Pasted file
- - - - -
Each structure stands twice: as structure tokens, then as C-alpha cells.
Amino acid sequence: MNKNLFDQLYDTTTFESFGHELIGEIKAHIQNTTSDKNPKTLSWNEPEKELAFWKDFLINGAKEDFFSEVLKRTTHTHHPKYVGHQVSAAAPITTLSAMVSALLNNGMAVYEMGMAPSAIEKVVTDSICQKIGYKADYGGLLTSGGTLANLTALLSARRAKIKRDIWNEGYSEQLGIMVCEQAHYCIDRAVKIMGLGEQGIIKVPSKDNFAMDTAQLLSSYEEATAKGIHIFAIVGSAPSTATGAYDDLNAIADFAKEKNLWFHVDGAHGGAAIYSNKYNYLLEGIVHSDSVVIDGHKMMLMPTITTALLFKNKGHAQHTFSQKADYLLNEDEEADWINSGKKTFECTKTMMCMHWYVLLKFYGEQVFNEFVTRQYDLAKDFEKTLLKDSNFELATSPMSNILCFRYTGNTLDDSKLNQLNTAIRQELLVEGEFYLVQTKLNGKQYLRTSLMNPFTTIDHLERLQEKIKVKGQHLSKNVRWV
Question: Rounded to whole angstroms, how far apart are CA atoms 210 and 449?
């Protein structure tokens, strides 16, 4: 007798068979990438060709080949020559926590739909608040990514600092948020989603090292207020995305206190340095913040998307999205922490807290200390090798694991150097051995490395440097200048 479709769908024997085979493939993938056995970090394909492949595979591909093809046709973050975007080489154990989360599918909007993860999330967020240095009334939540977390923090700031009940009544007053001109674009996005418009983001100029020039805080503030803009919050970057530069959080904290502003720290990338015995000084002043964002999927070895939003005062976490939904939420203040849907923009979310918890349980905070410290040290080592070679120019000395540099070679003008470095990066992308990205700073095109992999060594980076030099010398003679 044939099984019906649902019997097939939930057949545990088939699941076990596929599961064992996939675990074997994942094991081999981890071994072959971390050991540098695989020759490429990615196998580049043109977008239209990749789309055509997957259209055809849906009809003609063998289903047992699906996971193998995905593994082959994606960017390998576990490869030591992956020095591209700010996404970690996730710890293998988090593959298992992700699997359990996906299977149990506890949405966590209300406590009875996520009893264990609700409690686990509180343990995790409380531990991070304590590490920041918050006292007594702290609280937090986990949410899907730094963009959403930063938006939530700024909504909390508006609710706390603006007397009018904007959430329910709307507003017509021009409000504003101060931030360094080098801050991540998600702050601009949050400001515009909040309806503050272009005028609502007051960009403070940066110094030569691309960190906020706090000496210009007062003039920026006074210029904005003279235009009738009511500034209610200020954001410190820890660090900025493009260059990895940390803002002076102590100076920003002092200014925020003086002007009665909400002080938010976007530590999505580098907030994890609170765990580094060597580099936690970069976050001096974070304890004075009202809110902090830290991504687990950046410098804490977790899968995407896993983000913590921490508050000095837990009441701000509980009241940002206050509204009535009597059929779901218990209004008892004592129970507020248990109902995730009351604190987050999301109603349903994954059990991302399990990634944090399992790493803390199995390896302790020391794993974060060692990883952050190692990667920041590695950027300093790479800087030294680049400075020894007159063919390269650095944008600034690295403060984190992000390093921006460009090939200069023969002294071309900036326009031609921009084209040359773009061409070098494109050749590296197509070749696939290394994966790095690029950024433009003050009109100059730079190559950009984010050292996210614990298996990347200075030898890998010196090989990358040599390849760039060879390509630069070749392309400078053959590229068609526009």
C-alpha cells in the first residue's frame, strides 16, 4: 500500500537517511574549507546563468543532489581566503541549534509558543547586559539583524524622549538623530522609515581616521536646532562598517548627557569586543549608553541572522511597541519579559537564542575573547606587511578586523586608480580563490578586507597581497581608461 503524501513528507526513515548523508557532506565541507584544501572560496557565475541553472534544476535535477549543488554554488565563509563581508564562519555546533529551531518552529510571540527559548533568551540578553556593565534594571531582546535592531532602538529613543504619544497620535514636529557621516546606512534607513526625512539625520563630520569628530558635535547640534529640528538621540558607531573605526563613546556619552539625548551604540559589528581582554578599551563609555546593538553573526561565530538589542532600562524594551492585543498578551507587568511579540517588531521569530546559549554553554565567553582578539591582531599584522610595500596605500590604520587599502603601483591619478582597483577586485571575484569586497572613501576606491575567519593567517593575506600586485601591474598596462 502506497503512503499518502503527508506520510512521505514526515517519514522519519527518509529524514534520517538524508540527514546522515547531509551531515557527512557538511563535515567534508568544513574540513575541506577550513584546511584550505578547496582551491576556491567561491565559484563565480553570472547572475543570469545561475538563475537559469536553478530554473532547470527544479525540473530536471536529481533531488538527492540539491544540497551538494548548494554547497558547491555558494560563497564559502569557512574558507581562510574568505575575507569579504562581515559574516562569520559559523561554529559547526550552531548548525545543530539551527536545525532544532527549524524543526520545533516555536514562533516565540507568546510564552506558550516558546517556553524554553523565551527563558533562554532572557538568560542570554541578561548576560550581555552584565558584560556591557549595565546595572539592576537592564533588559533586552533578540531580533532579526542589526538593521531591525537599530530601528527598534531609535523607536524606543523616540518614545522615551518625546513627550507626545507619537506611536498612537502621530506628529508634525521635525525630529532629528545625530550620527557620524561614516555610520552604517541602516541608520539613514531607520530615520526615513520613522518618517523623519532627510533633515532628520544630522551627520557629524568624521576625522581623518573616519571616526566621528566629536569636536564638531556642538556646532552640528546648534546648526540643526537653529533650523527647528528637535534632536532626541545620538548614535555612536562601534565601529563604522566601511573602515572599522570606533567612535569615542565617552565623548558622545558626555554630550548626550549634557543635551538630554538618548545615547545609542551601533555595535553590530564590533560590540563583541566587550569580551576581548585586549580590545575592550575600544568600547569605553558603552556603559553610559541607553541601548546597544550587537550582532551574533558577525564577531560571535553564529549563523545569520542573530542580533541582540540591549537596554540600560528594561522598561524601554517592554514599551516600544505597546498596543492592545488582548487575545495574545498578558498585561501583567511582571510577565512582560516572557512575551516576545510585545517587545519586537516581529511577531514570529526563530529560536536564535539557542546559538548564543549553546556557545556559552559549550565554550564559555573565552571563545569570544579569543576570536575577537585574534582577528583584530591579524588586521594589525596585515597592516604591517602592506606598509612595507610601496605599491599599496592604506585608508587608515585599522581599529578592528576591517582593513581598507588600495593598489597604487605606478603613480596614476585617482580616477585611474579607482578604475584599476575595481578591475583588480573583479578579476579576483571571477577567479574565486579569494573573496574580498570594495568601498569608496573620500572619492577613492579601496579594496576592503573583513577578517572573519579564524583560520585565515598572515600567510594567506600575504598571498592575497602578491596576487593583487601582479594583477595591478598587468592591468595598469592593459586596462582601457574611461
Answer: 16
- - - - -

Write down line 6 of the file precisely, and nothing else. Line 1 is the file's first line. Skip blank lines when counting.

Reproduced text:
Answer: 16